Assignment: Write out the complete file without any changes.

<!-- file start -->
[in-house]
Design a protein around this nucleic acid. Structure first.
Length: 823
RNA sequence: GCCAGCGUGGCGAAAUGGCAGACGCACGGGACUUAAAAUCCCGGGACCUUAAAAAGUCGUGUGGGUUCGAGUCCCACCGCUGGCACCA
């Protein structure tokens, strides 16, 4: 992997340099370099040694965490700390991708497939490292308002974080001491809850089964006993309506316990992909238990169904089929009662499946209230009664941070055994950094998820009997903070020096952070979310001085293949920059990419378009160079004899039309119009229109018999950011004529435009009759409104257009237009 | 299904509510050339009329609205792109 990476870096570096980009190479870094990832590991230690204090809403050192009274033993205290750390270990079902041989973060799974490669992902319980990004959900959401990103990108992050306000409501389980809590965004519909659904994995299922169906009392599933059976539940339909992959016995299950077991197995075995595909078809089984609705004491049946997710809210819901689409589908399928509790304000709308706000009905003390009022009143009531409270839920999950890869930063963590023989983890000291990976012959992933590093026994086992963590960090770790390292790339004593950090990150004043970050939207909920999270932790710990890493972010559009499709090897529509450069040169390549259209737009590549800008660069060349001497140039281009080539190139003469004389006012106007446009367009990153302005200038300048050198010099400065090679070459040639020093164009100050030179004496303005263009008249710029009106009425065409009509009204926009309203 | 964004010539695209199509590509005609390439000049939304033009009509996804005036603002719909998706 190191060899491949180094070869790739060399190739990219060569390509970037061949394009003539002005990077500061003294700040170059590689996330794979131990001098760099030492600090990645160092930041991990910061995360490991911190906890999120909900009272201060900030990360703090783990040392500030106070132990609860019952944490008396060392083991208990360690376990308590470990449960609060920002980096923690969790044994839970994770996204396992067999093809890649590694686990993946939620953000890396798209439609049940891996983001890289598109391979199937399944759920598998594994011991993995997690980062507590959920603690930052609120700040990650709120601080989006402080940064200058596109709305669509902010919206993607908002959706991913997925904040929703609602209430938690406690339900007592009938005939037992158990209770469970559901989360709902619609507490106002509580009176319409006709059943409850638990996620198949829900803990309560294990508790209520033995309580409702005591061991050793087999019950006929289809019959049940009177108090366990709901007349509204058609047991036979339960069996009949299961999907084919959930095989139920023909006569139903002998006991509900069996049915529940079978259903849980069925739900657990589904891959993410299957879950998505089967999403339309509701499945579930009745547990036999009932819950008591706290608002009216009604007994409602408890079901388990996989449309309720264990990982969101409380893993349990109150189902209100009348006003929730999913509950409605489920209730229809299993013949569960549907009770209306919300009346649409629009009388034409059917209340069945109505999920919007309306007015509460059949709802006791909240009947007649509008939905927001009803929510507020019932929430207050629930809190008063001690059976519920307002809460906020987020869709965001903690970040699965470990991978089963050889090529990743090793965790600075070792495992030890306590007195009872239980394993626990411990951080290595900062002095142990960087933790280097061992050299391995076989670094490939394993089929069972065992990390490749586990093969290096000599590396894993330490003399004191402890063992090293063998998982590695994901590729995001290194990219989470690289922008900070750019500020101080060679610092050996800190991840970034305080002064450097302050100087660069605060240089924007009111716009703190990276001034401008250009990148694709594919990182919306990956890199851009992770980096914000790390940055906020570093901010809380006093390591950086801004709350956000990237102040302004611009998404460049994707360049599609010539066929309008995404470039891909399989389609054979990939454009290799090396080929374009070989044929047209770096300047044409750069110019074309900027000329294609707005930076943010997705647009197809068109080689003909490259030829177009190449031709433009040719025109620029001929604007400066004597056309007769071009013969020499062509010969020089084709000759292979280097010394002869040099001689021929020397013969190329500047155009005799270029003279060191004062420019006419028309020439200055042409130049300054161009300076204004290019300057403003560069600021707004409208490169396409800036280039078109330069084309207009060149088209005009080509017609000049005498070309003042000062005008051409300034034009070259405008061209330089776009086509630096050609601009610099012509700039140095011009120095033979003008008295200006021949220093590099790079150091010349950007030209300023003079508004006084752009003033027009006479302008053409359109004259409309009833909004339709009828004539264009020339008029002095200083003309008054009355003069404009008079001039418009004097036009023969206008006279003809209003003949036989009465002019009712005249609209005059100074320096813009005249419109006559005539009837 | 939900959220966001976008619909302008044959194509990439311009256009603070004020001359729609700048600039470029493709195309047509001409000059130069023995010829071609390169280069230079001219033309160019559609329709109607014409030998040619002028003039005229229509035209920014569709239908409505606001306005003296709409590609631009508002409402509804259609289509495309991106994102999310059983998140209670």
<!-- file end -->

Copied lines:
[in-house]
Design a protein around this nucleic acid. Structure first.
Length: 823
RNA sequence: GCCAGCGUGGCGAAAUGGCAGACGCACGGGACUUAAAAUCCCGGGACCUUAAAAAGUCGUGUGGGUUCGAGUCCCACCGCUGGCACCA
């Protein structure tokens, strides 16, 4: 992997340099370099040694965490700390991708497939490292308002974080001491809850089964006993309506316990992909238990169904089929009662499946209230009664941070055994950094998820009997903070020096952070979310001085293949920059990419378009160079004899039309119009229109018999950011004529435009009759409104257009237009 | 299904509510050339009329609205792109 990476870096570096980009190479870094990832590991230690204090809403050192009274033993205290750390270990079902041989973060799974490669992902319980990004959900959401990103990108992050306000409501389980809590965004519909659904994995299922169906009392599933059976539940339909992959016995299950077991197995075995595909078809089984609705004491049946997710809210819901689409589908399928509790304000709308706000009905003390009022009143009531409270839920999950890869930063963590023989983890000291990976012959992933590093026994086992963590960090770790390292790339004593950090990150004043970050939207909920999270932790710990890493972010559009499709090897529509450069040169390549259209737009590549800008660069060349001497140039281009080539190139003469004389006012106007446009367009990153302005200038300048050198010099400065090679070459040639020093164009100050030179004496303005263009008249710029009106009425065409009509009204926009309203 | 964004010539695209199509590509005609390439000049939304033009009509996804005036603002719909998706 190191060899491949180094070869790739060399190739990219060569390509970037061949394009003539002005990077500061003294700040170059590689996330794979131990001098760099030492600090990645160092930041991990910061995360490991911190906890999120909900009272201060900030990360703090783990040392500030106070132990609860019952944490008396060392083991208990360690376990308590470990449960609060920002980096923690969790044994839970994770996204396992067999093809890649590694686990993946939620953000890396798209439609049940891996983001890289598109391979199937399944759920598998594994011991993995997690980062507590959920603690930052609120700040990650709120601080989006402080940064200058596109709305669509902010919206993607908002959706991913997925904040929703609602209430938690406690339900007592009938005939037992158990209770469970559901989360709902619609507490106002509580009176319409006709059943409850638990996620198949829900803990309560294990508790209520033995309580409702005591061991050793087999019950006929289809019959049940009177108090366990709901007349509204058609047991036979339960069996009949299961999907084919959930095989139920023909006569139903002998006991509900069996049915529940079978259903849980069925739900657990589904891959993410299957879950998505089967999403339309509701499945579930009745547990036999009932819950008591706290608002009216009604007994409602408890079901388990996989449309309720264990990982969101409380893993349990109150189902209100009348006003929730999913509950409605489920209730229809299993013949569960549907009770209306919300009346649409629009009388034409059917209340069945109505999920919007309306007015509460059949709802006791909240009947007649509008939905927001009803929510507020019932929430207050629930809190008063001690059976519920307002809460906020987020869709965001903690970040699965470990991978089963050889090529990743090793965790600075070792495992030890306590007195009872239980394993626990411990951080290595900062002095142990960087933790280097061992050299391995076989670094490939394993089929069972065992990390490749586990093969290096000599590396894993330490003399004191402890063992090293063998998982590695994901590729995001290194990219989470690289922008900070750019500020101080060679610092050996800190991840970034305080002064450097302050100087660069605060240089924007009111716009703190990276001034401008250009990148694709594919990182919306990956890199851009992770980096914000790390940055906020570093901010809380006093390591950086801004709350956000990237102040302004611009998404460049994707360049599609010539066929309008995404470039891909399989389609054979990939454009290799090396080929374009070989044929047209770096300047044409750069110019074309900027000329294609707005930076943010997705647009197809068109080689003909490259030829177009190449031709433009040719025109620029001929604007400066004597056309007769071009013969020499062509010969020089084709000759292979280097010394002869040099001689021929020397013969190329500047155009005799270029003279060191004062420019006419028309020439200055042409130049300054161009300076204004290019300057403003560069600021707004409208490169396409800036280039078109330069084309207009060149088209005009080509017609000049005498070309003042000062005008051409300034034009070259405008061209330089776009086509630096050609601009610099012509700039140095011009120095033979003008008295200006021949220093590099790079150091010349950007030209300023003079508004006084752009003033027009006479302008053409359109004259409309009833909004339709009828004539264009020339008029002095200083003309008054009355003069404009008079001039418009004097036009023969206008006279003809209003003949036989009465002019009712005249609209005059100074320096813009005249419109006559005539009837 | 939900959220966001976008619909302008044959194509990439311009256009603070004020001359729609700048600039470029493709195309047509001409000059130069023995010829071609390169280069230079001219033309160019559609329709109607014409030998040619002028003039005229229509035209920014569709239908409505606001306005003296709409590609631009508002409402509804259609289509495309991106994102999310059983998140209670």